Washington, D.C. –Today, House Judiciary Chairman Jerrold Nadler (D-NY) delivered the following statement in support of H.R. 5, theEquality Act, whichexplicitly prohibits discrimination on the basis of sexual orientation and gender identity:
"I rise today in strong support of H.R. 5, the “Equality Act,” which amends the Civil Rights Act of 1964, and other core civil rights statutes, to explicitly prohibit discrimination on the basis of sexual orientation and gender identity. The bill would also strengthen non-discrimination protections for women and others.
"Today is a historic day—the first time a comprehensive LGBTQ civil rights bill has come to the floor of the House.This long overdue legislation will provide millions of LGBTQ Americans protections from being denied medical care, fired from their jobs, or thrown out of their homes simply because of who they are.
"Much of the history of the United States has been about expanding the definition of who is understood to be included when the Declaration of Independence says, "all men are created equal." When these words were first written, that phrase did not include black and Latino men; it did not include Native Americans; it did not include women; and it did not include LGBTQ individuals.
"At this moment, we have an opportunity to continue our march toward justice—to enshrine in our nation’s laws protections for marginalized communities to ensure that everyone can fully participate in key areas of life, and to provide them recourse in the face of discrimination.
"Despite what opponents of the bill may say, we know these protections can work.We know that our existing federal nondiscrimination laws have helped millions of Americans.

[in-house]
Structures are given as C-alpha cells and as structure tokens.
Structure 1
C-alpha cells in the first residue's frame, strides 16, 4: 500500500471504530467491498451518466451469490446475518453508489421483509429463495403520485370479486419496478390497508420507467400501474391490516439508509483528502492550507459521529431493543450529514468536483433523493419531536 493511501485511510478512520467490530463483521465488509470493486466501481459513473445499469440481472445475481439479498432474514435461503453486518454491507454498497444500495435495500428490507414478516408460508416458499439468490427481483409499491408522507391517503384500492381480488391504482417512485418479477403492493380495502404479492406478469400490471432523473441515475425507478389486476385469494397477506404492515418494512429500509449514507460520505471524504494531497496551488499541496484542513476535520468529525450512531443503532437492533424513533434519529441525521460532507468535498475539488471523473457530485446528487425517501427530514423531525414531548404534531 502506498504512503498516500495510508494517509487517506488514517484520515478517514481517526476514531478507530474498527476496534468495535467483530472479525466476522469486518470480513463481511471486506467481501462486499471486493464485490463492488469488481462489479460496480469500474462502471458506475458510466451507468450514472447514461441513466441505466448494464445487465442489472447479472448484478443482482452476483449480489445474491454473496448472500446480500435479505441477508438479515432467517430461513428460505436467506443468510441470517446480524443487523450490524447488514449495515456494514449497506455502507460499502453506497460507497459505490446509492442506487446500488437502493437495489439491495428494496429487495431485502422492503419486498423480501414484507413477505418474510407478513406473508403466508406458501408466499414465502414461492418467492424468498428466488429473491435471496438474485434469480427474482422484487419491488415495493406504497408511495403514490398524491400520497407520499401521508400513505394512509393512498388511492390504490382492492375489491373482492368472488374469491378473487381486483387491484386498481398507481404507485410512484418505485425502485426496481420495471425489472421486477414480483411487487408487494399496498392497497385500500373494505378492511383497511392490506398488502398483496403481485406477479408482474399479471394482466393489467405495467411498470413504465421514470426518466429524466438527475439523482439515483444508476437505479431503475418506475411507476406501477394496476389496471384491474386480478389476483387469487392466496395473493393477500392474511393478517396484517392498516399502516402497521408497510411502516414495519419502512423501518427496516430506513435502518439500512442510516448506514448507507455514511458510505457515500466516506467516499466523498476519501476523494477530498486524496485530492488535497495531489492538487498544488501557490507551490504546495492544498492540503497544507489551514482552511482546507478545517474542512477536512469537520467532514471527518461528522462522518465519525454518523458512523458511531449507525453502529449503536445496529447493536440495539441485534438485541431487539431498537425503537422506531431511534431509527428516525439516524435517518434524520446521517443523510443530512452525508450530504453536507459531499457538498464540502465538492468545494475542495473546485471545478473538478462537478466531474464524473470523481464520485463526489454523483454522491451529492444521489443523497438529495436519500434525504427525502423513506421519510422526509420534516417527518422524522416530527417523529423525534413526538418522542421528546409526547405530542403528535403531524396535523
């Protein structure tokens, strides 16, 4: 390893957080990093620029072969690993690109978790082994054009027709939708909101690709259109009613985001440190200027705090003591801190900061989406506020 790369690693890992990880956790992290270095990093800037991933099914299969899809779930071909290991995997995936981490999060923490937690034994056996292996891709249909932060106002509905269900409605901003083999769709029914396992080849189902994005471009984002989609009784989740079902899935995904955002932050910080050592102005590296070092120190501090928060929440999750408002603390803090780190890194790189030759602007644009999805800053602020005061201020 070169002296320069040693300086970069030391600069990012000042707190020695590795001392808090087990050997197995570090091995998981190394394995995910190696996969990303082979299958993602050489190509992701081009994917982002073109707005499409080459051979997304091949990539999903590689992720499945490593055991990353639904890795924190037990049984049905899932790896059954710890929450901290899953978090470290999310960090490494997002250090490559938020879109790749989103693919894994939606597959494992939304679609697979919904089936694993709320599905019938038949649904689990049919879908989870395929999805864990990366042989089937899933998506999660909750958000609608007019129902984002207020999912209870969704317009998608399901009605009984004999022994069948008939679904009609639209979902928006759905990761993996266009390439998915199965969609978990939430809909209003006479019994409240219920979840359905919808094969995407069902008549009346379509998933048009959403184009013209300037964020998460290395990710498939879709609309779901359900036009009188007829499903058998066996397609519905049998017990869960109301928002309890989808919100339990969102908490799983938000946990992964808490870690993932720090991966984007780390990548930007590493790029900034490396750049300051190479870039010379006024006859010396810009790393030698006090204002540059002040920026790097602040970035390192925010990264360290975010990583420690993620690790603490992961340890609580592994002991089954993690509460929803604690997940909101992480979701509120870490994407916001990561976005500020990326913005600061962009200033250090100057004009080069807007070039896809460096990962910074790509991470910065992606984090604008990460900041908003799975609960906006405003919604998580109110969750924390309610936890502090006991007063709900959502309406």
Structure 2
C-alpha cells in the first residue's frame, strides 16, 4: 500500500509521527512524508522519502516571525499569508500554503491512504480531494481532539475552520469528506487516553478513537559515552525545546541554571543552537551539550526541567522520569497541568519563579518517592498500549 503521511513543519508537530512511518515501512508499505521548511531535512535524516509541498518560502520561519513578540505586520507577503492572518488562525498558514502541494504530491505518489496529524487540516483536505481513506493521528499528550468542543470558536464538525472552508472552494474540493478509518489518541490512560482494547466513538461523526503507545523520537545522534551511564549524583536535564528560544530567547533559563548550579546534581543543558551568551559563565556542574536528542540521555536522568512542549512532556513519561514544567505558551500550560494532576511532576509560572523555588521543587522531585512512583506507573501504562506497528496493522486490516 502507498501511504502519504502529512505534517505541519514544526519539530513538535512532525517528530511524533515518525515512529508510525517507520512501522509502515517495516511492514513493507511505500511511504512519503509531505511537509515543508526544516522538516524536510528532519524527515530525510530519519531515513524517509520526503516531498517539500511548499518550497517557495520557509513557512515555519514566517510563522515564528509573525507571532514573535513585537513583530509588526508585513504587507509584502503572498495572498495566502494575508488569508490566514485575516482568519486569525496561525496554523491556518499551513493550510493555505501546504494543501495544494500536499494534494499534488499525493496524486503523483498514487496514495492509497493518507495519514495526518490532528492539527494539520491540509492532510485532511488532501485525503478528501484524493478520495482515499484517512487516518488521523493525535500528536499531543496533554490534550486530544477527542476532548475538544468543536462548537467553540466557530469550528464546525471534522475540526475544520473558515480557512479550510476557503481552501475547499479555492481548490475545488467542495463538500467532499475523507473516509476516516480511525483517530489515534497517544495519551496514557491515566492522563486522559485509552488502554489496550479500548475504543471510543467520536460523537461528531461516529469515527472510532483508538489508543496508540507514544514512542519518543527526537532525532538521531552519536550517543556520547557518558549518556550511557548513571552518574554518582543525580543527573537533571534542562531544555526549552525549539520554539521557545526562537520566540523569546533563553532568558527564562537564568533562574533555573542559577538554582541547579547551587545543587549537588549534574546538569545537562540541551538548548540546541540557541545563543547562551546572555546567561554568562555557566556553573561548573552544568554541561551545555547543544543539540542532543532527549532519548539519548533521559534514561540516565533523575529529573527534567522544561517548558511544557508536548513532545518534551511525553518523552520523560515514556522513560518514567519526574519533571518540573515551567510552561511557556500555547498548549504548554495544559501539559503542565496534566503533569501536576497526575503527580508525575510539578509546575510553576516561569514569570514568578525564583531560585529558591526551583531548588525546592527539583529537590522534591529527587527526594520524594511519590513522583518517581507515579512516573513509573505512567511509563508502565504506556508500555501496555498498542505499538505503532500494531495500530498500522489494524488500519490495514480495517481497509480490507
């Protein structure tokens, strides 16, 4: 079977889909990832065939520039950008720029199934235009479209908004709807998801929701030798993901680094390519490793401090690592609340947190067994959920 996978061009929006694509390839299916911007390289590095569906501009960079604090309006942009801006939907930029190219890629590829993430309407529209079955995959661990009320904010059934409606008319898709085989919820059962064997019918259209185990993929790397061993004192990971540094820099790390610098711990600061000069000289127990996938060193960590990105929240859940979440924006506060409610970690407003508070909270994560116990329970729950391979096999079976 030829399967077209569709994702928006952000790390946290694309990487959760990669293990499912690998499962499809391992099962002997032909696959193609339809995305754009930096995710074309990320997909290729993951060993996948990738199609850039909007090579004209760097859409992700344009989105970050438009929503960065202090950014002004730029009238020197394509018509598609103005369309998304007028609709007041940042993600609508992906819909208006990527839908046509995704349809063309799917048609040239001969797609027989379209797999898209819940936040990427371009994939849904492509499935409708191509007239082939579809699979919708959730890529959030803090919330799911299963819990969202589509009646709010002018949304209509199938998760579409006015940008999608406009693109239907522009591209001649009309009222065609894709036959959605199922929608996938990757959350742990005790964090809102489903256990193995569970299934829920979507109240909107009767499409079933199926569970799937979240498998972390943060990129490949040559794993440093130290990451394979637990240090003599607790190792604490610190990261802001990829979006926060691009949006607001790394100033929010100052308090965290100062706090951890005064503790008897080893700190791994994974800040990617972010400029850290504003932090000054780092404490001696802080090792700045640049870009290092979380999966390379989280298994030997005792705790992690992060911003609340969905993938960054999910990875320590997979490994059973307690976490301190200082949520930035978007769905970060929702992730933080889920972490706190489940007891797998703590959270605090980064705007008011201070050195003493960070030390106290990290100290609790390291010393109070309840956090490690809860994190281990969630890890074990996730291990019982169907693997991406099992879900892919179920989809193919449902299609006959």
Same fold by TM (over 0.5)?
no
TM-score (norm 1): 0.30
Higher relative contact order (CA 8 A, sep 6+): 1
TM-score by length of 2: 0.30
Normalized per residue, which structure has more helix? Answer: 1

"We know that protections for sexual orientation and gender identity have worked in more than 20 states and that, in these places, women still have rights, religious freedom is still protected, parents are still involved in their children’s healthcare, and doctors are still free to exercise their professional medical judgment.Transgender individuals play sports—and sometimes they win and sometimes they lose, just like everyone else.
"But the ability to have a job, to receive medical care, or to rent a home should not depend on who someone is or where they happen to live. We cannot accept the situation where anyone in this countrycan get married on Sunday and legally be fired on Monday because of who they love.
"For decades, the LGBTQ community has been coming to Congress to tell us their stories.We have heard of transgender women being fired from their jobs, lesbian couples being kicked out of their homes, and gay men being denied medical care.It is time we stop asking them to come to the Capitol just to defend their existence.
"The question before us is not whether the LGBTQ community faces outrageous and immoral discrimination, for the record shows that it clearly does.The question is whether we, as Congress, are willing to take action to do something about it.The answer goes straight to the heart of who we want to be as a country—and today, that answer must be a resounding "yes."
"To the thousands of LGBTQ people who have shared their stories, I say: thank you for your bravery.Thank you for re-living your trauma to help build the case for this legislation—to build the case for expanding freedom in this country.
"We hear you; we see you; we believe you.And we will continue fighting for you.
"I thank the gentleman from Rhode Island, Representative David Cicilline, for his tireless leadership in introducing this bill and helping to shepherd it through the legislative process. I urge my colleagues to support this landmark legislation and I reserve the balance of my time."